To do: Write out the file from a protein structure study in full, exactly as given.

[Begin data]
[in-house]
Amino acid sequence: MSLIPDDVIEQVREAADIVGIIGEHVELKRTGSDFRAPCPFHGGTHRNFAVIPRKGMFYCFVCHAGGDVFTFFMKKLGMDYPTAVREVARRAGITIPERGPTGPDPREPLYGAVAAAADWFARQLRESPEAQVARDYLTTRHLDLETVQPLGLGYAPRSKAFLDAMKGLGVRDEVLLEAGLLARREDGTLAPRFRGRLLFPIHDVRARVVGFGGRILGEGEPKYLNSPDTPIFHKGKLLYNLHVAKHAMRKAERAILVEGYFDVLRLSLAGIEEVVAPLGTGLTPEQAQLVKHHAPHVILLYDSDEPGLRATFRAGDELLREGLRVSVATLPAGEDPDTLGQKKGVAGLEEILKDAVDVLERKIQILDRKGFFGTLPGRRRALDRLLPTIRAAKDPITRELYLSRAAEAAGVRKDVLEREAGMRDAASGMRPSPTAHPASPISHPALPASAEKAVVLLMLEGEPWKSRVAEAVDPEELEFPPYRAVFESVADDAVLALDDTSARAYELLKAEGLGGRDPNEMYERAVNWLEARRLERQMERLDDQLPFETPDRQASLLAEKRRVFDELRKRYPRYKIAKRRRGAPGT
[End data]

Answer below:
[in-house]
Amino acid sequence: MSLIPDDVIEQVREAADIVGIIGEHVELKRTGSDFRAPCPFHGGTHRNFAVIPRKGMFYCFVCHAGGDVFTFFMKKLGMDYPTAVREVARRAGITIPERGPTGPDPREPLYGAVAAAADWFARQLRESPEAQVARDYLTTRHLDLETVQPLGLGYAPRSKAFLDAMKGLGVRDEVLLEAGLLARREDGTLAPRFRGRLLFPIHDVRARVVGFGGRILGEGEPKYLNSPDTPIFHKGKLLYNLHVAKHAMRKAERAILVEGYFDVLRLSLAGIEEVVAPLGTGLTPEQAQLVKHHAPHVILLYDSDEPGLRATFRAGDELLREGLRVSVATLPAGEDPDTLGQKKGVAGLEEILKDAVDVLERKIQILDRKGFFGTLPGRRRALDRLLPTIRAAKDPITRELYLSRAAEAAGVRKDVLEREAGMRDAASGMRPSPTAHPASPISHPALPASAEKAVVLLMLEGEPWKSRVAEAVDPEELEFPPYRAVFESVADDAVLALDDTSARAYELLKAEGLGGRDPNEMYERAVNWLEARRLERQMERLDDQLPFETPDRQASLLAEKRRVFDELRKRYPRYKIAKRRRGAPGT